# Quining a Pristine World

This challenge is based off of Helka Homba's question Programming a Pristine World. From that question, the definition of a pristine program is:

Let's define a pristine program as a program that does not have any errors itself but will error if you modify it by removing any contiguous substring of N characters, where 1 <= N < program length.

For example, the three character Python 2 program

8


is a pristine program (thanks, Sp) because all the programs resulting from removing substrings of length 1 cause errors (syntax errors in fact, but any type of error will do):

8

8


and also all the programs resulting from removing substrings of length 2 cause errors:





If, for example, 8 had been a non-erroring program then 8 would not be pristine because all the results of substring removal must error.

Notes:

• Compiler warnings do not count as errors.
• The erroring subprograms can take input or give output or do anything else as long as they error no matter what eventually.

Your task is to create a program of non-zero length that prints its own source code exactly, follows the rules for a proper quine, and is pristine.

Shortest answer in bytes for each language wins.

• I'm assuming languages that don't error can't compete? – ATaco Jul 11 '17 at 5:25
• @ATaco Unfortunately yes. Other languages, such as lisp, have the syntax structured in such a way that making a useful pristine program is impossible. – Shelvacu Jul 11 '17 at 5:28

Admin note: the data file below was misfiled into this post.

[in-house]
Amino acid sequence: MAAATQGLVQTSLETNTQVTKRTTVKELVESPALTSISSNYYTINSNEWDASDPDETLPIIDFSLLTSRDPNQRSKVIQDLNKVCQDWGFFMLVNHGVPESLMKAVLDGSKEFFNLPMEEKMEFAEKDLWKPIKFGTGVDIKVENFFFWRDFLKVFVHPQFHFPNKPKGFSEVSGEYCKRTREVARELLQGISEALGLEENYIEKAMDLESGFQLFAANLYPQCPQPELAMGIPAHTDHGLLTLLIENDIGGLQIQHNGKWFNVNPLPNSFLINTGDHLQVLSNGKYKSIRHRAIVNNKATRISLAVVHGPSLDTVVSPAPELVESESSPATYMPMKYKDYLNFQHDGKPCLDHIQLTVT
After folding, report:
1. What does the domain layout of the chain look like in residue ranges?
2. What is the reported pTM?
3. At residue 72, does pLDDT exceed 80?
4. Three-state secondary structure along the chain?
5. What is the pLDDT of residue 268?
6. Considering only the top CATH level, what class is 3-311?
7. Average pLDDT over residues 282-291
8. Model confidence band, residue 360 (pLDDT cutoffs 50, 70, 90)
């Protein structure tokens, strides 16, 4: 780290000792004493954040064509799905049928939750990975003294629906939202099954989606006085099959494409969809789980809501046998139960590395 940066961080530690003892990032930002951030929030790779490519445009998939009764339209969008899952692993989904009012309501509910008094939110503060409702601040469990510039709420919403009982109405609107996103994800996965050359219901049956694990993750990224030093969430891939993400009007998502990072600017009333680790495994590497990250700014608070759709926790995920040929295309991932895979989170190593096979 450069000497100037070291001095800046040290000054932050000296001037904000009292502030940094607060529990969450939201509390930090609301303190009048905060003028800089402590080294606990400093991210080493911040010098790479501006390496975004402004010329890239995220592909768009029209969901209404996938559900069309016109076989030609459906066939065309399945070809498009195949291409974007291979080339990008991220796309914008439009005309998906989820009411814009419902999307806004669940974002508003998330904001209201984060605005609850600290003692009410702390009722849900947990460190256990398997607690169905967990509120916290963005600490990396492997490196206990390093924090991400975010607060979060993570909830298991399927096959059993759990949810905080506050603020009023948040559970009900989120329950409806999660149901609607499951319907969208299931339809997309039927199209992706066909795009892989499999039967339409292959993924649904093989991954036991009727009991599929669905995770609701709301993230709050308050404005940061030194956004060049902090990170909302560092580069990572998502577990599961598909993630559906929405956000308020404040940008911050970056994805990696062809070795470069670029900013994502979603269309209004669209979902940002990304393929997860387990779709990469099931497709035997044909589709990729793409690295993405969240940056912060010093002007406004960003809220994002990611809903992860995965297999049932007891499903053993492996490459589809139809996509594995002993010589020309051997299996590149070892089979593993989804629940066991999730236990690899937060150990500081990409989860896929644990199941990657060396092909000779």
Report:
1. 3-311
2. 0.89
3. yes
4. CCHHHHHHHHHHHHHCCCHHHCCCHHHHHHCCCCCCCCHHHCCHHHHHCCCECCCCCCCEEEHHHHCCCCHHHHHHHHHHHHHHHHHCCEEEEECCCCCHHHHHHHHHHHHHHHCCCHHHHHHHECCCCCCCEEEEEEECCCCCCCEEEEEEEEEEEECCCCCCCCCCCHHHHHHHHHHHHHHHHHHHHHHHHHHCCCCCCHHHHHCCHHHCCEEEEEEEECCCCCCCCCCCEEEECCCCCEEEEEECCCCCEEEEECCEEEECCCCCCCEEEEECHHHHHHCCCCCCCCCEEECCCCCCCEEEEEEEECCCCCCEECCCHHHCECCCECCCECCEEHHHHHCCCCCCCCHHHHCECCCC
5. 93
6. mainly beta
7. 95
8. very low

• RIP Actually/Seriously – ATaco Jul 11 '17 at 5:29
• 'Shortest answer in bytes for each language wins.' I am not sure about short being the best measure for a pristine program. – P. Siehr Jul 11 '17 at 7:14
• @P.Siehr What would you reccomend instead? – Shelvacu Jul 11 '17 at 7:16

q x=if length x==132then putStr x else fail[];main=q$(++)<*>show$"q x=if length x==132then putStr x else fail[];main=q$(++)<*>show$"


Try it online!

This is an extension of the quine

main=putStr$(++)<*>show$"main=putStr$(++)<*>show$"


which works by concatenating the data string with a quoted version (by using show) of itself and printing the result. However, this is not pristine as any characters in the data string can be removed without failing and also the $(++)<*>show$ or (++)<*> part could be dropped without the program breaking.

To fix this, a custom print function q is defined which checks the length of the given string and calls fail if it's shorter than 132. This catches the removing of any sequence from the data string and also the removals of $(++)<*>show$ or (++)<*>, as in both cases the resulting string passed to q is shorter.

In q the number 132 could be shortened to 1, 13, 32 or 2, but in each case again fail is called.

As far as I can tell, the removal of any other substring causes either an syntax or type error, so the program does not even compile in the first place. (Haskell's strict type system comes in handy here.)

Edit: Thanks to Ørjan Johansen and Shelvacu for pointing out a flaws!